Painting above is from "Random Numbers", Peter James Smith (1977). Victoria University of Wellington Art Collection. View entire painting

Notices & News

  • Date and Time:
    16:00 ~ 18:00
    Wednesday, 9th September 2015

    SLT1, Room G01, Ground
    Building 303 Science Building
    38 Princes Street, The University of Auckland

    Presentation 16:00~17:00

    Presenter:  Ian Shane Wong
    Topic: is a data mining tool that automatically finds patterns in   spreadsheet data. Built on top of (R API)
    Duration: 15 minutes

    Presenter:  Andrew Peterson PhD.
    Topic: Operational Forecasting of Short-term Hospital Occupancy using R
    Duration: 45 minutes

    Short-term forecasting of hospital occupancy is important for proactive bed management in order to minimise the risk of bed shortages, overcrowding, and the additional clinical risks these conditions can create for patients.

    An overview of a hospital forecasting system based on R and Rserve will be presented, including the mathematical underpinnings of Coxian phase-type distributions, how this class of distributions relate to the distribution of patient length of stay, and how they can be represented using finite state Markov chains to model the dynamics of hospital occupancy.

    Information will be provided on the design of the software solution which is based exclusively on R and a sprinkle of C++, how the model is fitted to data on patient length of stay using a particle swarm optimiser distributed across a cluster of computers, and how the software is deployed within a hospital’s enterprise architecture using Rserve to give 48 hour forecasts of occupancy that are updated every hour. Trials, tribulations, and lessons learned will also be shared.

    Networking 17:00~18:00
    Refreshments will be provided after the presentation. Thanks to our sponsors: NZSA and Harmonic Analytics Ltd

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  • Nihal de Silva

    On the evening of Saturday the 27th of June Nihal de Silva passed away after a battle with acute myloid leukaemia.

    Nihal joined what was then MAF Technology as a biometrician on 4 July 1988, and was initially based at Palmerston North before relocating to the Levin Horticultural Research Centre and commuting daily from Palmerston North.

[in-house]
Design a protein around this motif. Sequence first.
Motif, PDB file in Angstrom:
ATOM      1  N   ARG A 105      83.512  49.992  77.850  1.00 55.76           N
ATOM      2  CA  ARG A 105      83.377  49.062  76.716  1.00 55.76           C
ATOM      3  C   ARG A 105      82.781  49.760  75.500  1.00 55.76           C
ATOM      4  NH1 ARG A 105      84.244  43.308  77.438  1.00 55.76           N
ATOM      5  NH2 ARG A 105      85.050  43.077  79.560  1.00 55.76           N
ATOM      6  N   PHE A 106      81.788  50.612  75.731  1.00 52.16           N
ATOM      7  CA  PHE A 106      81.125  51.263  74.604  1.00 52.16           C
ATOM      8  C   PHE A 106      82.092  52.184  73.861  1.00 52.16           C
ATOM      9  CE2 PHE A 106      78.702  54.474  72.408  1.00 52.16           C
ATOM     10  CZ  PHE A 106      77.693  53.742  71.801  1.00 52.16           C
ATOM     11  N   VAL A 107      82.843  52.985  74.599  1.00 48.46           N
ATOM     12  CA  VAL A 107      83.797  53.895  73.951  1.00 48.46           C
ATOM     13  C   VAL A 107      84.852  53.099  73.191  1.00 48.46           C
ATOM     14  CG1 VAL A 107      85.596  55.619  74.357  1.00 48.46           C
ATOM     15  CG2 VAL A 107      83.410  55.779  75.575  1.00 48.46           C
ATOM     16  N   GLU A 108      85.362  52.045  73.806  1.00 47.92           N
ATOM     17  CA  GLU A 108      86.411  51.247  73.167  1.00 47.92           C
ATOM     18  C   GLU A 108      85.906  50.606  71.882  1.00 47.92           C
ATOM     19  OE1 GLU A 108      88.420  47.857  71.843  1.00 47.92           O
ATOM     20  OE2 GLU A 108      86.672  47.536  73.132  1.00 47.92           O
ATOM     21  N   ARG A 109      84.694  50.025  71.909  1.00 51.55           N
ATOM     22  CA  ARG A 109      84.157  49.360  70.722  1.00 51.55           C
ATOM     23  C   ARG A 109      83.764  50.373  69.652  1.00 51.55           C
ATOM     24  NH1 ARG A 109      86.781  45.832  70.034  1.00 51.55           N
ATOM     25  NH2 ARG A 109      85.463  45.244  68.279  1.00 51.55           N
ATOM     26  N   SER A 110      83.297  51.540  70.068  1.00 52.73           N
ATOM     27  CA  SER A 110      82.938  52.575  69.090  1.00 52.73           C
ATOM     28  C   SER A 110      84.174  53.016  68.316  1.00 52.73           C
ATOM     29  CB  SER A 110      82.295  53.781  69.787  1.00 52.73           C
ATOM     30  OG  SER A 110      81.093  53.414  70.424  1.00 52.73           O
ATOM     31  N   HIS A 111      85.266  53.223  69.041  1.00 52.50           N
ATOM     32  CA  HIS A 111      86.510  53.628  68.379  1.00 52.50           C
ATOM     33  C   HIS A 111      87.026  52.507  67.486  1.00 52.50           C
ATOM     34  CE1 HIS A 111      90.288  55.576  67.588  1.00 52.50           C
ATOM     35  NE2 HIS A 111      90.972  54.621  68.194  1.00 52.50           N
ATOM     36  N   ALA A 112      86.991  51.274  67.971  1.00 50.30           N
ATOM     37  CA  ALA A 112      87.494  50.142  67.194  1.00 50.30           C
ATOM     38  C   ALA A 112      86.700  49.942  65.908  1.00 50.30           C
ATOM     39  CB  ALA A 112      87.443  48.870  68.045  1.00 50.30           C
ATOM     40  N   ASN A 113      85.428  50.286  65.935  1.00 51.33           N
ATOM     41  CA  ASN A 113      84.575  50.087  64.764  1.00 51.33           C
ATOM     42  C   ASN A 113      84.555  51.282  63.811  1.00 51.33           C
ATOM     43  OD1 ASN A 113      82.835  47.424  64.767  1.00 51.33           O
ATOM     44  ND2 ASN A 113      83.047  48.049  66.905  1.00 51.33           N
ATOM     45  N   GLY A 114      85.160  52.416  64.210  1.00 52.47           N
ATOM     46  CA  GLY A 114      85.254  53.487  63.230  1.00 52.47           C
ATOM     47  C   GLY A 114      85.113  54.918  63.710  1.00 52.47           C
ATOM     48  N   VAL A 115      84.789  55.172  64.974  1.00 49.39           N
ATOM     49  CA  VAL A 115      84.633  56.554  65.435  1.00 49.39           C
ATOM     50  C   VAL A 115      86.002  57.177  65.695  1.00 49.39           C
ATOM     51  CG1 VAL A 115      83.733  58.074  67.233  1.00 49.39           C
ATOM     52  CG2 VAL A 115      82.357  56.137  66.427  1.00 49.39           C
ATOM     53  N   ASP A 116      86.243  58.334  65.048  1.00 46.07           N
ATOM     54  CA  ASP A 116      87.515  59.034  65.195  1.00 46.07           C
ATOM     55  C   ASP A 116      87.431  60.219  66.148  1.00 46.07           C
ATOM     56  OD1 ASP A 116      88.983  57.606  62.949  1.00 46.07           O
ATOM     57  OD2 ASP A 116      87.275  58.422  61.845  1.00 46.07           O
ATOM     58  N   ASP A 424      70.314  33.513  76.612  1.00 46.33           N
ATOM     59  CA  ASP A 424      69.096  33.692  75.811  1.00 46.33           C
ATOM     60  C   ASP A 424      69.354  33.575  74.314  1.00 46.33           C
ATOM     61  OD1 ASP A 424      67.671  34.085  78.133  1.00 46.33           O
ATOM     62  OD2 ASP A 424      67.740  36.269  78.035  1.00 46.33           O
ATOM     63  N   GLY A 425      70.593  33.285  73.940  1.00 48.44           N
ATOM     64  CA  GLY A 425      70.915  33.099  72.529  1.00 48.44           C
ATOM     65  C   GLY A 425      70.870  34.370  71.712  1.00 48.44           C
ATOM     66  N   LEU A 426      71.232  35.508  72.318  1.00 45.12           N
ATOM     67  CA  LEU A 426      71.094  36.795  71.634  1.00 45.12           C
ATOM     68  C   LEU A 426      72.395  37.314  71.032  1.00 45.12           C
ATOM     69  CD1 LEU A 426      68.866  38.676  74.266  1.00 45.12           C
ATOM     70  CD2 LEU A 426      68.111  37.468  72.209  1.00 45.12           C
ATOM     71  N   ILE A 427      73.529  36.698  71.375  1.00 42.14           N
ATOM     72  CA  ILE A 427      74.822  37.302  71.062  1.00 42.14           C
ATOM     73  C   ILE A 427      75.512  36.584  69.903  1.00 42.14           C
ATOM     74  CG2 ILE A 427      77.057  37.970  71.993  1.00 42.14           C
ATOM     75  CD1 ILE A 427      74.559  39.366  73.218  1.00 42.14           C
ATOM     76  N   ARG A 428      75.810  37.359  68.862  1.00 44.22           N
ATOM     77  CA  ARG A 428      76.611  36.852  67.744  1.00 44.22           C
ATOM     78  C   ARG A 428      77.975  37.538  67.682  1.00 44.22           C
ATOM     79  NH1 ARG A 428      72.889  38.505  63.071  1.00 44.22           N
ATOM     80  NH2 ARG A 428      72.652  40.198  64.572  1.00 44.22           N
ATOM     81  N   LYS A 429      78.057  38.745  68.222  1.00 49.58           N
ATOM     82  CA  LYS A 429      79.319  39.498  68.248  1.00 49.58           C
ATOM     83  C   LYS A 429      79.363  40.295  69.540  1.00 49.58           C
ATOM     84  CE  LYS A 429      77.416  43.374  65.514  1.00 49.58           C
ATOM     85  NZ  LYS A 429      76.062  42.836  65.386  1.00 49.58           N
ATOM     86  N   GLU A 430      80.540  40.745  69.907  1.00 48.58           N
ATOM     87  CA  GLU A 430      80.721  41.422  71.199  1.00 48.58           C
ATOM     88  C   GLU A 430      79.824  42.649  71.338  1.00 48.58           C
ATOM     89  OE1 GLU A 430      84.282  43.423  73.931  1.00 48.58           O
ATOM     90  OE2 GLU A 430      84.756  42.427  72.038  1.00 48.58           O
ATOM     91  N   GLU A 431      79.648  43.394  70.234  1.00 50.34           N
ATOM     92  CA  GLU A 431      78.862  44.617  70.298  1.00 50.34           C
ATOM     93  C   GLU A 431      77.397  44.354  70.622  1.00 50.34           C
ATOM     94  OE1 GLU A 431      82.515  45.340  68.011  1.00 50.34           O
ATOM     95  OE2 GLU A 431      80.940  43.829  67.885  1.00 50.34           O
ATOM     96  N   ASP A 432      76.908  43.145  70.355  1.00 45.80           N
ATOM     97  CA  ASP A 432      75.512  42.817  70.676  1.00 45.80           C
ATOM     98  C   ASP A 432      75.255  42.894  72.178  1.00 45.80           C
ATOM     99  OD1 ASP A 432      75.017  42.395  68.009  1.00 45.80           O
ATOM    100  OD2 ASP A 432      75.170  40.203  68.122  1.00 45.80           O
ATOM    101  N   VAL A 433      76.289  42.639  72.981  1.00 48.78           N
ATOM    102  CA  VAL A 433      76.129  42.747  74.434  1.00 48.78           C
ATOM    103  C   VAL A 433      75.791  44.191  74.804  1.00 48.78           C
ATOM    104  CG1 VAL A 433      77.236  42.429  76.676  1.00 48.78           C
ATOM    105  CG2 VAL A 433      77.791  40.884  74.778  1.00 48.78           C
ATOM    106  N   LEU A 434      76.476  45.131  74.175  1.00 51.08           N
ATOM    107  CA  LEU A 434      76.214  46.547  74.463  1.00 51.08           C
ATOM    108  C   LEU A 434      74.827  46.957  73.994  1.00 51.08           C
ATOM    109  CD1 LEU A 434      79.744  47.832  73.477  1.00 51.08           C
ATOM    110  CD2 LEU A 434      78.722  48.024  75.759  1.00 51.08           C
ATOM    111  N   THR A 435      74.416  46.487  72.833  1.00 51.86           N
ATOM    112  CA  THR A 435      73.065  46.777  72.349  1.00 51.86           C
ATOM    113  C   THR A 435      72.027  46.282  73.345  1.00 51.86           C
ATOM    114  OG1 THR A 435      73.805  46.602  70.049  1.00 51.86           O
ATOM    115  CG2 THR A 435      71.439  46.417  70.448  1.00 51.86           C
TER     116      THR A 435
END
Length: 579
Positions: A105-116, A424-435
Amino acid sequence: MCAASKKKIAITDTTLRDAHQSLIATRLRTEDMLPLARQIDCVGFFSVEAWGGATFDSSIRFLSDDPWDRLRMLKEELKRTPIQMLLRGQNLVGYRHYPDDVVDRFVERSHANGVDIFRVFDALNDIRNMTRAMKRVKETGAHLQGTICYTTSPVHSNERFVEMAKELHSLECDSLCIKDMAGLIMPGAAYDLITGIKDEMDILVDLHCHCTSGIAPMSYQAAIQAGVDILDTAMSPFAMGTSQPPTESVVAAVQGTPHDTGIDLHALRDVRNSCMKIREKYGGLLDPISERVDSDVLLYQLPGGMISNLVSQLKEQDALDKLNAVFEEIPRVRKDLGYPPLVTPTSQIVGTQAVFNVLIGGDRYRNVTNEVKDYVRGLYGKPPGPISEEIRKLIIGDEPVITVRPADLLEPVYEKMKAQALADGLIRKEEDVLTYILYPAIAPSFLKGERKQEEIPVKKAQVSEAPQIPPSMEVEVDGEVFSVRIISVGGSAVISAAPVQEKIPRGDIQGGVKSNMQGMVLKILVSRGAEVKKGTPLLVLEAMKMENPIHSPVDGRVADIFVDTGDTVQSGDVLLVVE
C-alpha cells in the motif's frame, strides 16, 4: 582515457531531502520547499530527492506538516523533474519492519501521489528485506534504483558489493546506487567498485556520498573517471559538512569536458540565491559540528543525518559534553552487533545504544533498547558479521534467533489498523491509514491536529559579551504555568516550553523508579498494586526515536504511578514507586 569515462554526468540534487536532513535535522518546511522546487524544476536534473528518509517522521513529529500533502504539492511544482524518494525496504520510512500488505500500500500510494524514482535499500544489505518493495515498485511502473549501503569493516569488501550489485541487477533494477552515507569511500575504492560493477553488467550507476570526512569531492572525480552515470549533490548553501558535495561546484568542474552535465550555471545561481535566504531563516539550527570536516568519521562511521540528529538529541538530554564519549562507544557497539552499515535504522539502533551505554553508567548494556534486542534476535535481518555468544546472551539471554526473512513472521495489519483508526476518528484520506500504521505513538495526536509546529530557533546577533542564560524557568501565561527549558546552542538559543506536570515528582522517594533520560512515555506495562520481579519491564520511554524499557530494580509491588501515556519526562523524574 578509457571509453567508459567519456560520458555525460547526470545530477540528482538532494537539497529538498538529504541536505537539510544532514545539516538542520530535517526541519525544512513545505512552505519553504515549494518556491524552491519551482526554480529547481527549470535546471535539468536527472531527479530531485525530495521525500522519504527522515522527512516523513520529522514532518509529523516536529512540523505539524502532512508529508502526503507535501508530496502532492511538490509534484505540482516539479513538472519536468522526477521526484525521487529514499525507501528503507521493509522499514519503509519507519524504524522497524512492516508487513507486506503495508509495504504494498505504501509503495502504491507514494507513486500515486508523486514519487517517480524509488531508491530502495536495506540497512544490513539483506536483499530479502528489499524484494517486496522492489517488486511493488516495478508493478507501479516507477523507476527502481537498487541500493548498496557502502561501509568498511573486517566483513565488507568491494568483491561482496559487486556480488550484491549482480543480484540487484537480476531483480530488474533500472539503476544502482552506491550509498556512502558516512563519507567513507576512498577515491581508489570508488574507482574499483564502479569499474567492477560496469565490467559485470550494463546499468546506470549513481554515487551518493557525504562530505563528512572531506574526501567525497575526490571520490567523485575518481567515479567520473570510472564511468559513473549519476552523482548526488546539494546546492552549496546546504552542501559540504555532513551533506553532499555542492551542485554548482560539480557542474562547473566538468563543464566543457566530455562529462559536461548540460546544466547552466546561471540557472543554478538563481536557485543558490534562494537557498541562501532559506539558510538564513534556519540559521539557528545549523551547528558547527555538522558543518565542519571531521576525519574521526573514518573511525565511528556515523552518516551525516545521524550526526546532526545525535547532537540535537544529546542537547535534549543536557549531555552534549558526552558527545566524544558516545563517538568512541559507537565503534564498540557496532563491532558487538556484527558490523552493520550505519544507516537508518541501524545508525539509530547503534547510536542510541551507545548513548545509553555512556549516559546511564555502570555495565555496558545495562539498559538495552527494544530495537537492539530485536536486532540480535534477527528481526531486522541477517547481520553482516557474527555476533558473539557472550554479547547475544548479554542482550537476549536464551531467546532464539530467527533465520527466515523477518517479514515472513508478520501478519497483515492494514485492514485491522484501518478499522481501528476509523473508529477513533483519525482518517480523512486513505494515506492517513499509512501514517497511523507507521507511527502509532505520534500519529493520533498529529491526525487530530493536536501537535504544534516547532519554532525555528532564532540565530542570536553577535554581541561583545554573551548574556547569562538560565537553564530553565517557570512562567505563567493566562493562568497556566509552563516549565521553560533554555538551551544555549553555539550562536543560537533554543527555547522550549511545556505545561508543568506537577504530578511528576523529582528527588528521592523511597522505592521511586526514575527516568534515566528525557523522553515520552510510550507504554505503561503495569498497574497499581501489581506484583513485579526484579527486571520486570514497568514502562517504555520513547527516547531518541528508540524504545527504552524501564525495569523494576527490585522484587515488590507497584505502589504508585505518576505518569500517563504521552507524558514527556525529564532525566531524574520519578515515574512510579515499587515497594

He had migrated to New Zealand from Sri Lanka where he had completed his BSc at the University of Ceylon in 1975 and Doctor of Philosophy in Quantitative Genetics at the University of Peradeniya in 1984. He had previously studied at Massey University where he completed his Masters in Agronomy in 1981, to be followed by a Diploma in Social Sciences in Statistics in 1992.

    His early work involved kiwifruit on-orchard crop estimation, where his past research experience in plant sciences and expertise in statistical software were to prove valuable.

    Nihal subsequently transferred to HortResearch, Palmerston North at the time the Crown Research Institutes were established in 1992. He later relocated to the Auckland site and became the Biometrics team leader. In this role he mentored a number of young statisticians which continued when HortResearch merged with Crop and Food forming Plant and Food Research. He was always more than happy help and very approachable. One common theme amongst the scientists he interacted was how he made the effort to understand the science behind the data.

    In addition to the high regard in which he has been held for his professional abilities, Nihal will be greatly missed for his many fine personal qualities. These very qualities were very much to the fore in recent months as he struggled to continue to give his very best in the job that meant so much to him. The large number of tributes on the PFR internal site is a testament to how valued Nihal was as both a colleague and friend within the institute.

    Mark Wohlers and Peter Alspach


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  • More than 100 of New Zealand’s mathematical scientists met in Auckland in late June and early July to use mathematics and statistics to solve industry problems. A week-long workshop was held as a way for companies to pitch their problems to people from around the region who then worked collaboratively to generate practical solutions through modelling, statistical analysis or computation.